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On Balance...

By Balance team, Mar 22 2018 10:38AM

With more options than ever before, retirement is becoming an even more complex area. There are so many questions you need to ask yourself before you reach retirement age, including how much income you will need and deciding what you want to do in your later years. So, this week, we have pulled together a checklist below containing five important questions for you to consider:

“Retirement's the most wonderful thing. I get to enjoy all the things I never stopped to notice on the

way up. After an extraordinary life, it's time to enjoy my retirement.”

Patrick Macnee

1. How much money will you have?

Every person – or couple - will have different expectations when it comes to the amount of money they need to live on when they retire; some people’s idea of a comfortable retirement would barely support the lifestyle of others. When you are trying to work out how much money you will have, it is worth checking this against your desired level of comfort - and this means looking at your current lifestyle. Okay, so you may have pensions, savings and investments, you may have also paid off any debts, loans and the mortgage and by the time you come to retire you should be paying less income tax too. However, you may have plans to travel more frequently, take up new hobbies, or buy a second property/holiday home, which could all incur a considerable amount of additional spending.

Surprisingly, in retirement, many people find themselves spending roughly the same level of disposable income as when they were working and often forget to factor in the rising cost of living in the future on things like utilities and goods. If you are looking for a luxurious retirement, you need to make sure your numbers add up. Speak to our financial planning team, if you’re not sure whether you have enough money for your retirement.

2. Will you be able to retire early?

The answer to this depends on your findings above and what you want to do in your retirement (we explore this point further below). Recent “pension freedoms” allow the over-55’s to draw from their private pension income in a very flexible way (not including final salary or state pensions). You could potentially withdraw a lump sum, typically 25% of your pension is tax-free (the rest would be taxed at your marginal rate of income tax), but the obvious risk here is that you could end up spending all your pension. Interestingly, research shows that the greatest level of spending happens early on in retirement, which is called the ‘active’ phase. Spending then tends to fall during what’s called the ‘passive phase’ because people tend to travel less frequently and do less expensive activities after this point. Then finally, at a much later age, spending then tends to increase considerably as people start needing care – also known as the ‘supported’ phase.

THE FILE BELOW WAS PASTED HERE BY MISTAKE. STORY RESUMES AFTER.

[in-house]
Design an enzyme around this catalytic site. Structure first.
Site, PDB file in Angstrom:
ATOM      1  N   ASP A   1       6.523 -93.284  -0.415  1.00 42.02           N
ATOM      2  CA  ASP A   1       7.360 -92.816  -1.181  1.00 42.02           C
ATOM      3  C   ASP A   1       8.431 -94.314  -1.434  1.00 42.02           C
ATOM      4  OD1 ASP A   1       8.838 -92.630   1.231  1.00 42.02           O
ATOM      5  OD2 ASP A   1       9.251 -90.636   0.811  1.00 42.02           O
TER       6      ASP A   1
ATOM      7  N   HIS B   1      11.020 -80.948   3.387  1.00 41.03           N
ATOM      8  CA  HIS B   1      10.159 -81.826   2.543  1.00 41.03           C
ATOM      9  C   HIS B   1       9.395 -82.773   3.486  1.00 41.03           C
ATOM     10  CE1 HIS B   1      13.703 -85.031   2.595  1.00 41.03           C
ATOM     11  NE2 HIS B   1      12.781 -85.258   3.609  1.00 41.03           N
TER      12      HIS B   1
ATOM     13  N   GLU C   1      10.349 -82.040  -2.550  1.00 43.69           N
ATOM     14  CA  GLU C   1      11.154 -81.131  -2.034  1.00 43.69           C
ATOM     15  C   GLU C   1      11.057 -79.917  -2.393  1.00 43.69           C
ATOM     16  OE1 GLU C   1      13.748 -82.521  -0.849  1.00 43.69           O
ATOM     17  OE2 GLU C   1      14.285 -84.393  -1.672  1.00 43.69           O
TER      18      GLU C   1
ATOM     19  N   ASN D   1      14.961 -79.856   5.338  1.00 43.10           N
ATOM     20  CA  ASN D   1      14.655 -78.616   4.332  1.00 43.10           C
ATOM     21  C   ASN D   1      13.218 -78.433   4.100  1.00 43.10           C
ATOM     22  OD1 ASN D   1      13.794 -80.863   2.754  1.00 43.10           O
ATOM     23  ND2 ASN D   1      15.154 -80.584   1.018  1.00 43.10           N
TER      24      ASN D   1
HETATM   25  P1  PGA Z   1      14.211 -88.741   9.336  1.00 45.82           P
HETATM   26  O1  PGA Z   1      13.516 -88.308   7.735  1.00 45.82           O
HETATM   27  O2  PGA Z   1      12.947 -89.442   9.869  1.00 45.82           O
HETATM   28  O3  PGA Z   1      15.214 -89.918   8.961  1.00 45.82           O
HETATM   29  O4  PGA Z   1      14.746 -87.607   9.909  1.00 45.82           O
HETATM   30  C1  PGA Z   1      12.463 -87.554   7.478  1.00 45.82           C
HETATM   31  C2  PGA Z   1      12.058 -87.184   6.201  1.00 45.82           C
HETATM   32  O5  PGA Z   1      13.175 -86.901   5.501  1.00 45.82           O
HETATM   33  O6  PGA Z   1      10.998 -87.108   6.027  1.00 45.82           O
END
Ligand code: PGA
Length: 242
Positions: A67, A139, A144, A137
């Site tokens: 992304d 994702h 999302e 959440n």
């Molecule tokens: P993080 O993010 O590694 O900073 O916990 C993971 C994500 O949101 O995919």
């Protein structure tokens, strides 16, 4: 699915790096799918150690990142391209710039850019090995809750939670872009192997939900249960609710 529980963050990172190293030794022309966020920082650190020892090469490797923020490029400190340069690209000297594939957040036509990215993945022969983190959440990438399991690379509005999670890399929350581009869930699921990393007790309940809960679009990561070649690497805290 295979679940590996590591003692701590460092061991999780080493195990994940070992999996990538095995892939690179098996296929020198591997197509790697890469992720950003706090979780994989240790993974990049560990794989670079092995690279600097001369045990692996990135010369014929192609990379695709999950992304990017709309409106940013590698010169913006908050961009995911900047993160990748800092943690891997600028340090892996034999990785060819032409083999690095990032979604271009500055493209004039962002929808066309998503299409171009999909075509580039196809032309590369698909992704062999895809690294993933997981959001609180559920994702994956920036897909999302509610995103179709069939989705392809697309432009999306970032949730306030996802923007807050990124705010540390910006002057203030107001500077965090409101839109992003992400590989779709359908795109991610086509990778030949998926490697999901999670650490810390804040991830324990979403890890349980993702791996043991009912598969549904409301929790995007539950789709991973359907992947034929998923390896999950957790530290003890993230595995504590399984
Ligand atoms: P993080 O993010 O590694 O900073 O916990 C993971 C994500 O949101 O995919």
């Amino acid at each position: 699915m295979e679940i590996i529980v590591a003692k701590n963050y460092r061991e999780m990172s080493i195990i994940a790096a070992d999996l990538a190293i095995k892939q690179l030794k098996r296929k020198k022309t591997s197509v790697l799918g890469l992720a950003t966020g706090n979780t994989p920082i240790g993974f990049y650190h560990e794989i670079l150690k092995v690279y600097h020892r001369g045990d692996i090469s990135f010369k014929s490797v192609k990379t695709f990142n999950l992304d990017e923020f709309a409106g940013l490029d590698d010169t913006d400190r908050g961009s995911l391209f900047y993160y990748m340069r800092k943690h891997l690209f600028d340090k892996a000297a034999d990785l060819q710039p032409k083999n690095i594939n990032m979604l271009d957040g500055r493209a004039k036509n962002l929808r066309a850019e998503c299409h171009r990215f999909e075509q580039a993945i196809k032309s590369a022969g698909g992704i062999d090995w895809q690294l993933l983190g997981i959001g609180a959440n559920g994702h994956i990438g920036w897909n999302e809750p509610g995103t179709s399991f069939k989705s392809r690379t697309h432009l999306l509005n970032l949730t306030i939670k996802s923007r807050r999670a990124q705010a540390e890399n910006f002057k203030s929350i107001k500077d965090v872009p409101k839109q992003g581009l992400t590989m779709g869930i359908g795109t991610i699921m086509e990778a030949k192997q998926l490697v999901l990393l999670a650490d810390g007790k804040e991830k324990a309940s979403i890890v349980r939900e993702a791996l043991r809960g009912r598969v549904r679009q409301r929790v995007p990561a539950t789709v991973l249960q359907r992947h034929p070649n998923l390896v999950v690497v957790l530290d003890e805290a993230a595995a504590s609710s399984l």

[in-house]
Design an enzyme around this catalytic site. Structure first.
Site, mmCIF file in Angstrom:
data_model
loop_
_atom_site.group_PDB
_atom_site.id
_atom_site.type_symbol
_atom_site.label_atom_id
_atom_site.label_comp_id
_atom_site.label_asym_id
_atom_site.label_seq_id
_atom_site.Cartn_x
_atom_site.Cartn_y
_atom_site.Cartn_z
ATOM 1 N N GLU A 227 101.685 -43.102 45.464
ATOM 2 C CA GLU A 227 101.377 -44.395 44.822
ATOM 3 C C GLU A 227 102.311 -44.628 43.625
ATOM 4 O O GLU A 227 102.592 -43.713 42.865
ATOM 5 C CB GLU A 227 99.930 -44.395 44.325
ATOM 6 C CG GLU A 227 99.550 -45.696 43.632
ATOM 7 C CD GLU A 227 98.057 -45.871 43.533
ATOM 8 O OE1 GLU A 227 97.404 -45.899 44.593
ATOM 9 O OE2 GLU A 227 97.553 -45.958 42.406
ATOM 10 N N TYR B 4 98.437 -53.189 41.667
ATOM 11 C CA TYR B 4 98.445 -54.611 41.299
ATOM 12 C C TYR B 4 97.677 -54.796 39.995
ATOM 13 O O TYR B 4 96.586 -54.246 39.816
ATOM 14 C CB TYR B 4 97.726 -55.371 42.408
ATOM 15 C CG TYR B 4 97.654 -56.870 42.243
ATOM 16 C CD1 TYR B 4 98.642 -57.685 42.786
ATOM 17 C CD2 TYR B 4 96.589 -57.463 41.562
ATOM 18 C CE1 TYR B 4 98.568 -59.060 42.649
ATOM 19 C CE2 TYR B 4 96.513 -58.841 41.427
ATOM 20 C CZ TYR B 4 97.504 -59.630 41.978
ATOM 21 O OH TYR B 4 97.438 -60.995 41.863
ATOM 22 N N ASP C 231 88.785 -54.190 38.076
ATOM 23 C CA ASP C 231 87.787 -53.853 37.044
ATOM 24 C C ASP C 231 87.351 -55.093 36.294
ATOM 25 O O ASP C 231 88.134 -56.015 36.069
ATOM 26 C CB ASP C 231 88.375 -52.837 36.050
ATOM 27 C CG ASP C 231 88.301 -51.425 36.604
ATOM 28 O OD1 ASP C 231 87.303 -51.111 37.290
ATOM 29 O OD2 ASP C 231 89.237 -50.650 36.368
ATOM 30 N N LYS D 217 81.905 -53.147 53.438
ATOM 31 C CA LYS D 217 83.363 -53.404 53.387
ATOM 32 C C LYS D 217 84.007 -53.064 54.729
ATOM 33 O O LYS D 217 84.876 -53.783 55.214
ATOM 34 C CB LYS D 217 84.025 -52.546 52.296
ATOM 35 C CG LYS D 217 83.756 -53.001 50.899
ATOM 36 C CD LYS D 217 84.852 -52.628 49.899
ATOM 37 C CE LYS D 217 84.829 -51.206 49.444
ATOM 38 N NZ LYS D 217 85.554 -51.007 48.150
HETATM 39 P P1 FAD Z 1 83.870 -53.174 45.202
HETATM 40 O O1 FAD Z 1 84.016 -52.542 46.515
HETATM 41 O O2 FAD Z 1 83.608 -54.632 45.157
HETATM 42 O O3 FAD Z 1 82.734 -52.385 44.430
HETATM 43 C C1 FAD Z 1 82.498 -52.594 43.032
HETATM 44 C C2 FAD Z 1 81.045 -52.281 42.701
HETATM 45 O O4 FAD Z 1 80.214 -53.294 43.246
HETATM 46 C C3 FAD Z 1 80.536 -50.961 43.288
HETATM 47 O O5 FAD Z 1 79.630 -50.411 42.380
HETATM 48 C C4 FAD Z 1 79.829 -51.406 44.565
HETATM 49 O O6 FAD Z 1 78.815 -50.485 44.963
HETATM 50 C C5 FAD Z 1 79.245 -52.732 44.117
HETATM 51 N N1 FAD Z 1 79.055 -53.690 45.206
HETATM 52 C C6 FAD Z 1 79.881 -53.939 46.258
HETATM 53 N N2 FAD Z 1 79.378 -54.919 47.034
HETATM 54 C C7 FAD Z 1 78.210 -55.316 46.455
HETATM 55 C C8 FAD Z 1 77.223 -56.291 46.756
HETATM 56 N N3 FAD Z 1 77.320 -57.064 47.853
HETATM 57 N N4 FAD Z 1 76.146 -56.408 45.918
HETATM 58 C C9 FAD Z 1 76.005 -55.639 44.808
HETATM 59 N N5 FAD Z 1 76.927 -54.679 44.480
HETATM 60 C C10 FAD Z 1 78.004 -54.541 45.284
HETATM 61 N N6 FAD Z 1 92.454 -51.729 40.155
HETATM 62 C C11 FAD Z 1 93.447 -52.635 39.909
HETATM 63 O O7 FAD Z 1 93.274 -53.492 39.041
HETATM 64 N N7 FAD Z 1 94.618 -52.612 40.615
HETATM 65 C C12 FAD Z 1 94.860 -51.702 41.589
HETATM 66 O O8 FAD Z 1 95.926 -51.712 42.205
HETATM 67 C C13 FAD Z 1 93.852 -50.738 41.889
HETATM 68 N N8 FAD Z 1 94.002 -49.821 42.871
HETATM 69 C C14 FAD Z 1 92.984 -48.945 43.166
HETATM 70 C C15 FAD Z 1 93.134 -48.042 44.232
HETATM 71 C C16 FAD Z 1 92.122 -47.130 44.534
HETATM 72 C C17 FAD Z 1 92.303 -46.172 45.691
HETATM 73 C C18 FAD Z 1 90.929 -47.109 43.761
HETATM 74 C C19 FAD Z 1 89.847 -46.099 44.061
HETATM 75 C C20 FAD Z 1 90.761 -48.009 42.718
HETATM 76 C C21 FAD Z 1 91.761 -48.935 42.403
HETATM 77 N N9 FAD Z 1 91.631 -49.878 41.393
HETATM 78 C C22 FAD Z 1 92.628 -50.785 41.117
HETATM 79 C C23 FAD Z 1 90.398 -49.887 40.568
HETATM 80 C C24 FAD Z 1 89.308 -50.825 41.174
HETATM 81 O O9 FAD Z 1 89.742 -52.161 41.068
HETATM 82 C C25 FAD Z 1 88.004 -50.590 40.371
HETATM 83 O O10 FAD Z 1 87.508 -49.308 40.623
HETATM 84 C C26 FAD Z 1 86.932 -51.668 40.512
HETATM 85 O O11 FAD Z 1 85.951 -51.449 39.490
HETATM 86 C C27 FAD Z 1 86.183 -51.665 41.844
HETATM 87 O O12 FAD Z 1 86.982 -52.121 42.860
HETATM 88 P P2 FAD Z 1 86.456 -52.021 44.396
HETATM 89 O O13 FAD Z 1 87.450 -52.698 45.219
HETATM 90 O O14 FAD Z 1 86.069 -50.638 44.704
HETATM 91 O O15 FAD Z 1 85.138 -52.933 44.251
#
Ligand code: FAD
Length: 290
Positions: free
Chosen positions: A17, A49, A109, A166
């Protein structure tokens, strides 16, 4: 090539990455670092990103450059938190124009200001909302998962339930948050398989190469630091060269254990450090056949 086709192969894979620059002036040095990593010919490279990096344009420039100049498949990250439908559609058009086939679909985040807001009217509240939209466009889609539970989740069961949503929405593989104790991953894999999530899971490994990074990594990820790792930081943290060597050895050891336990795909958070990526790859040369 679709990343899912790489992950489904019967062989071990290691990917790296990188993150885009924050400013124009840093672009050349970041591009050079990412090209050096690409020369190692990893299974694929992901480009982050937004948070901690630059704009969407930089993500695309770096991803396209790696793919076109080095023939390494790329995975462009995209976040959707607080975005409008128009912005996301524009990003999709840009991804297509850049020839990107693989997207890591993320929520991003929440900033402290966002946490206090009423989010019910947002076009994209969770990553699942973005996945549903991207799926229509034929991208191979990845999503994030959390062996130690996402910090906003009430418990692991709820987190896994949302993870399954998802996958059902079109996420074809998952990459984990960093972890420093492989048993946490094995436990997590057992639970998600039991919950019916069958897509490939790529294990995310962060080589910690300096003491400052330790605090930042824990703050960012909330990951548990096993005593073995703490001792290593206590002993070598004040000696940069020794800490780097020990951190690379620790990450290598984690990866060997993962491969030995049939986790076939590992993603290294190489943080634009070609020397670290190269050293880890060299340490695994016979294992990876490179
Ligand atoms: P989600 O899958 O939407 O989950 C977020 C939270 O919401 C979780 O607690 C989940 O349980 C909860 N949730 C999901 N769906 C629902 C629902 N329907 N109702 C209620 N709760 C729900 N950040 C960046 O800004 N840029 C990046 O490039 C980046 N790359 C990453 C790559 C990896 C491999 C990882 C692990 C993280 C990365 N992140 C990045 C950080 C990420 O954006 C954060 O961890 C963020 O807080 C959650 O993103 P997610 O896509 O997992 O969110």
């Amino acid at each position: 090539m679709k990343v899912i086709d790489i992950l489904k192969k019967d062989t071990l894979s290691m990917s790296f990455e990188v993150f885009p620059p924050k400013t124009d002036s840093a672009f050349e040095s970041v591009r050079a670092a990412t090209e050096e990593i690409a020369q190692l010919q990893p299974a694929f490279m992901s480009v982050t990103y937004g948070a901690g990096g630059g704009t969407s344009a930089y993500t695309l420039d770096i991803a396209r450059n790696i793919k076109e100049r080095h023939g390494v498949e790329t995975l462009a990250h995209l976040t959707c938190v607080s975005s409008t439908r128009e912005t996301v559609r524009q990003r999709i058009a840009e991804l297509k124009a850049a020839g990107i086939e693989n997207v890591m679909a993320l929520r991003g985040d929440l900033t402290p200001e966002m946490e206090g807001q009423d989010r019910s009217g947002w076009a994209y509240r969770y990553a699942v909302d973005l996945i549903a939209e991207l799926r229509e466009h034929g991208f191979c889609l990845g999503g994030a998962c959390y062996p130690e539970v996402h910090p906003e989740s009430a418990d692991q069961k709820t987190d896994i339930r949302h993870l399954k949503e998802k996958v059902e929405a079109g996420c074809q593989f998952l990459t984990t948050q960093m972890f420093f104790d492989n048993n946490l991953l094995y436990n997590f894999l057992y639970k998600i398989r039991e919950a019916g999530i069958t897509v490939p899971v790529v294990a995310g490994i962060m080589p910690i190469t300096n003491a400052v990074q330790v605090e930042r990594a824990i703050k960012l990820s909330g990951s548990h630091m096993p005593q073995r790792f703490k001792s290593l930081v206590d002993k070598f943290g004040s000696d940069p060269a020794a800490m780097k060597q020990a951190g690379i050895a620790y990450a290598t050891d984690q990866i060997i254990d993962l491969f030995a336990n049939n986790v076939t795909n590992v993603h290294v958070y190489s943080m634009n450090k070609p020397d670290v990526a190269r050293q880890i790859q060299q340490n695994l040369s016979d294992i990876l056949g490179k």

3. What do you want to do when you retire?

This is the greatest question of all and maybe one that you won’t be able to answer fully at this stage. However, it’s important to start thinking about what you would like to do as early on in your life as possible. In simple terms, the earlier you plan, the better your retirement will be. Some possible ideas include travel, living abroad, buying a holiday home or second property, or maybe learning a new skill or taking up a new hobby. All these things will incur costs – some more than others – so we strongly advise taking some time out to think and reflect on how you would like your future to look. Read our previous blog, Setting goals for a successful future.

4. What will be your retirement income sources?

As well as pensions, savings and investments, you might consider other ways to generate income when you retire. This could involve becoming a landlord and renting out a property – perhaps even your own – while you downsize and move elsewhere. You might decide to continue working but on reduced hours, or you may even decide to start a new business; currently, there is a boom when it comes to the over-50’s starting new businesses. Many people are reshaping old or standard views on retirement. So, whether you have a personal project or a business in mind, the most important thing is to consider the amount of responsibility you would like, and any potential stress involved.

You could also consider consolidating your pensions, which may provide you with better returns. However, always seek professional advice when reviewing your pensions, savings or investments, so you can make the most of any potential tax relief.

Remember to double-check that you are up to date with your NI contributions as this will affect your State Pension income – this is especially relevant if you have taken a break from work to raise a child.

5. Have you protected your wealth and your estate?